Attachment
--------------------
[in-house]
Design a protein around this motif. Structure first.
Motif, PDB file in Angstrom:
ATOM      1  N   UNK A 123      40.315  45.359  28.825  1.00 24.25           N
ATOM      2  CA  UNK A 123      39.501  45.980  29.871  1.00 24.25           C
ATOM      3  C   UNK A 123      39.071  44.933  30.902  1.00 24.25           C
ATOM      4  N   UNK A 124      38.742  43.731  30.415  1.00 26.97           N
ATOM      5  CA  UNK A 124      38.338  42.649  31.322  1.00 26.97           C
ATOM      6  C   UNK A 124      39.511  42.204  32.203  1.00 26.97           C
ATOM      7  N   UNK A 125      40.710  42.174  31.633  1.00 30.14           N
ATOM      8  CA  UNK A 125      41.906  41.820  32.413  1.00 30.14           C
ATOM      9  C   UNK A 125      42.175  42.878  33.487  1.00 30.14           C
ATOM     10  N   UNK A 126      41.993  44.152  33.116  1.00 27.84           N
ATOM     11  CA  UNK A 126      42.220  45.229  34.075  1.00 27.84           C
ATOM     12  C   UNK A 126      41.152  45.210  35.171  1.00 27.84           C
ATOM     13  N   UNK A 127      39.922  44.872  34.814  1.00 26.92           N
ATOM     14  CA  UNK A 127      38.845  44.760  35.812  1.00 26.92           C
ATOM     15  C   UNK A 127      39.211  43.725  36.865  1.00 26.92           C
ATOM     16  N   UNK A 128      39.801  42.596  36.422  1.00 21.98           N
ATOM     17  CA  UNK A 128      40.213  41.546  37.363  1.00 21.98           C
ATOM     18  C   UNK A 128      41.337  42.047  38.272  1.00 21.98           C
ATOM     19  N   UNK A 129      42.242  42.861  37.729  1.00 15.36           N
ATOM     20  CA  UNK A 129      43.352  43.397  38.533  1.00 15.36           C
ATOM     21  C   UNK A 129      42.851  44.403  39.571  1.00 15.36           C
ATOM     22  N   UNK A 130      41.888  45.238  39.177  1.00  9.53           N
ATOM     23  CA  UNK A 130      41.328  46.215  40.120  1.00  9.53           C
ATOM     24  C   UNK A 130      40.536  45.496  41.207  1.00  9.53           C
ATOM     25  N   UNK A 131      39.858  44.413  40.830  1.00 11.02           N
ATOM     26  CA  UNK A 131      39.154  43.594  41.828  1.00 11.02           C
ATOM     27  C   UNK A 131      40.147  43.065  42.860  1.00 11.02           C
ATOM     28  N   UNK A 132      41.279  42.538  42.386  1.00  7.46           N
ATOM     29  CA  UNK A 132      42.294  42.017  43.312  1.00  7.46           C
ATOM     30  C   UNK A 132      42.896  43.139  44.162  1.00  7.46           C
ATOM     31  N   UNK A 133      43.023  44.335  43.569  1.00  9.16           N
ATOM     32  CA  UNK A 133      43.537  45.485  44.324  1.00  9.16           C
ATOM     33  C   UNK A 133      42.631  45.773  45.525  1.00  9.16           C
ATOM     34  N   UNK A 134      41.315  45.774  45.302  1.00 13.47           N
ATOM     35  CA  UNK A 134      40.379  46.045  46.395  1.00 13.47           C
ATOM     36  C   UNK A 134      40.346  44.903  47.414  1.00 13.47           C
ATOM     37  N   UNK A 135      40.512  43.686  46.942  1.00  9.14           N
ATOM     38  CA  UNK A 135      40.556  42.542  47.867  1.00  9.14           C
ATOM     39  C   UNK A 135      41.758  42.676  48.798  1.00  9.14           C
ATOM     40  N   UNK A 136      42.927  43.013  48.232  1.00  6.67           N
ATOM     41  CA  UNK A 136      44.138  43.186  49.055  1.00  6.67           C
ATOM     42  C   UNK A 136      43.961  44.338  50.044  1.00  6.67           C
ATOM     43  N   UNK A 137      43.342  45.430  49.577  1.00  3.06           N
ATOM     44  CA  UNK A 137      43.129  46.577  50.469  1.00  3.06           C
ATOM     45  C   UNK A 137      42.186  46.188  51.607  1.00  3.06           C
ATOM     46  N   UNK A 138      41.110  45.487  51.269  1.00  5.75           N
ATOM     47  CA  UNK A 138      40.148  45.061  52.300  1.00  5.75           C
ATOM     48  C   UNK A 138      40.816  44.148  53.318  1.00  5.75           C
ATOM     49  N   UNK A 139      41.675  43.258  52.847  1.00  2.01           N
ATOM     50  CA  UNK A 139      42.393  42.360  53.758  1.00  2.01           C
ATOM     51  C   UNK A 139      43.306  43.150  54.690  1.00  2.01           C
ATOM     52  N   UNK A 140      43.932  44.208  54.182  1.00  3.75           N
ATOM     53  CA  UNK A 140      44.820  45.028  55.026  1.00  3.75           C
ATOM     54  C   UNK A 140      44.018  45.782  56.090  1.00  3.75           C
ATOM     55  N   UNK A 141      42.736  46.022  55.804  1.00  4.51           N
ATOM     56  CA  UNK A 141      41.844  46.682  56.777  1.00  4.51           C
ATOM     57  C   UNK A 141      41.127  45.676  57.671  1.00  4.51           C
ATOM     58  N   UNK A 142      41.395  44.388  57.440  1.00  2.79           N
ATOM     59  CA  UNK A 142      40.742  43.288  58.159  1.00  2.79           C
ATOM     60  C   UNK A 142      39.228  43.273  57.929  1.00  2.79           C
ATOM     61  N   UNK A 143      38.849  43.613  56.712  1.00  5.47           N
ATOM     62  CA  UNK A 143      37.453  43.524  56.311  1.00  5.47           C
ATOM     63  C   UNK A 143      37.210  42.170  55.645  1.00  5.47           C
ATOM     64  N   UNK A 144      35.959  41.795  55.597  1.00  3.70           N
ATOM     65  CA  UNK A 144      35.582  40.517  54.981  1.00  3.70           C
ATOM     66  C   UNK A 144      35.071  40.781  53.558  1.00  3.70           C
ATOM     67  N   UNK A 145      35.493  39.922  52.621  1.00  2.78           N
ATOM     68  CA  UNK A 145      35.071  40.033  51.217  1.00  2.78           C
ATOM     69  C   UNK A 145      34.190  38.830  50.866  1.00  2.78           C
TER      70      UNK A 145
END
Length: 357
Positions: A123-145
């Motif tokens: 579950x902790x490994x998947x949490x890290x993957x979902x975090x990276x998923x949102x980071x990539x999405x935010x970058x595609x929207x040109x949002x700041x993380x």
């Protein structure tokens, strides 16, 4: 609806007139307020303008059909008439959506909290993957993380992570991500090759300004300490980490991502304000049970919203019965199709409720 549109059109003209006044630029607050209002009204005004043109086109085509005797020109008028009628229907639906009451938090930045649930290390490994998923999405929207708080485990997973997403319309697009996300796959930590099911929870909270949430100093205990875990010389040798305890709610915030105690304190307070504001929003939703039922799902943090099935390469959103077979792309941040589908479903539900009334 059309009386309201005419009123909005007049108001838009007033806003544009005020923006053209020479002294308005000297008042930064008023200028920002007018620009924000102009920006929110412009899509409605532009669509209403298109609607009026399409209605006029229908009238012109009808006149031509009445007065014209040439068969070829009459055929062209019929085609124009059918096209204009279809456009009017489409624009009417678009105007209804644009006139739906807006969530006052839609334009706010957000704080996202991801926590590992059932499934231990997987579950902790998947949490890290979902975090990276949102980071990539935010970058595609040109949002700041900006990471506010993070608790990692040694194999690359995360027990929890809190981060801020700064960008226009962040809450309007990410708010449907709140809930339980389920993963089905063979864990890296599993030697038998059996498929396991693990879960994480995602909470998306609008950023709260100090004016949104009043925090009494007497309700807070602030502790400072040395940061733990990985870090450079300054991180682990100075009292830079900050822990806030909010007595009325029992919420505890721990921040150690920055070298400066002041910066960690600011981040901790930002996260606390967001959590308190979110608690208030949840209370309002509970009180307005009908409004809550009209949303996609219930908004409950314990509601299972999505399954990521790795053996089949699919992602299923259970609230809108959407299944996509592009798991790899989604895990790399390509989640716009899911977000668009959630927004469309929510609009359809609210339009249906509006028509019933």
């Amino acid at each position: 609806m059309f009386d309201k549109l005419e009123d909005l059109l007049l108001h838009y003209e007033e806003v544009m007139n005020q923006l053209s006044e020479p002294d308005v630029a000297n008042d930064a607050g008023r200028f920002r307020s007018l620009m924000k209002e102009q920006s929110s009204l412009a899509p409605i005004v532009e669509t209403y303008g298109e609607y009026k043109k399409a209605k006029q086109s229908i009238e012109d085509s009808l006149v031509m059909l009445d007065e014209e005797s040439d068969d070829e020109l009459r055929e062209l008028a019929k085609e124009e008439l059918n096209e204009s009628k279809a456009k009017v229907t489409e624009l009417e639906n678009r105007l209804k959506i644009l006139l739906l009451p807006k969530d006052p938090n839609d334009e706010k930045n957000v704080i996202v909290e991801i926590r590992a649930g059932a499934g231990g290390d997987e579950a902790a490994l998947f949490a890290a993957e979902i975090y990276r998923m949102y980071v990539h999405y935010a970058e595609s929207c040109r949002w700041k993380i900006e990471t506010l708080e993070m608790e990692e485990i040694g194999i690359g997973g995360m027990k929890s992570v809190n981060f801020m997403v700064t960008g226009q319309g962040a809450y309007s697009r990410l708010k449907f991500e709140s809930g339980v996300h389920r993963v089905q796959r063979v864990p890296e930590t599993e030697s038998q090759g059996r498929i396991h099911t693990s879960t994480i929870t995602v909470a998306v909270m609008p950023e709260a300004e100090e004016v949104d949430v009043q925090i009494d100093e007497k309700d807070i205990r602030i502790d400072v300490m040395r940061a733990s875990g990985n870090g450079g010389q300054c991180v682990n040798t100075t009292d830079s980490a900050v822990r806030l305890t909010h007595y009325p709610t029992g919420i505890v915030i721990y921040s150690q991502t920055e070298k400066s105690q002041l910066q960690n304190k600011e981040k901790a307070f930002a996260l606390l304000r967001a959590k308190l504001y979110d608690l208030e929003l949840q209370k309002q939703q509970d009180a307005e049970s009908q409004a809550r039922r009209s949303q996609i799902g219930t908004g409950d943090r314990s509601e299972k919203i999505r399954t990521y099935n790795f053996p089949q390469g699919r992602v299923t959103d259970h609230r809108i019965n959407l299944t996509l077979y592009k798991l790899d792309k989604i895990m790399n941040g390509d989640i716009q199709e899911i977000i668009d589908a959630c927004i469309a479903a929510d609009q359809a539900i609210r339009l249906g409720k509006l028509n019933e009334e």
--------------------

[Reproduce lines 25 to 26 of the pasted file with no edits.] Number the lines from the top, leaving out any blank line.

ATOM     22  N   UNK A 130      41.888  45.238  39.177  1.00  9.53           N
ATOM     23  CA  UNK A 130      41.328  46.215  40.120  1.00  9.53           C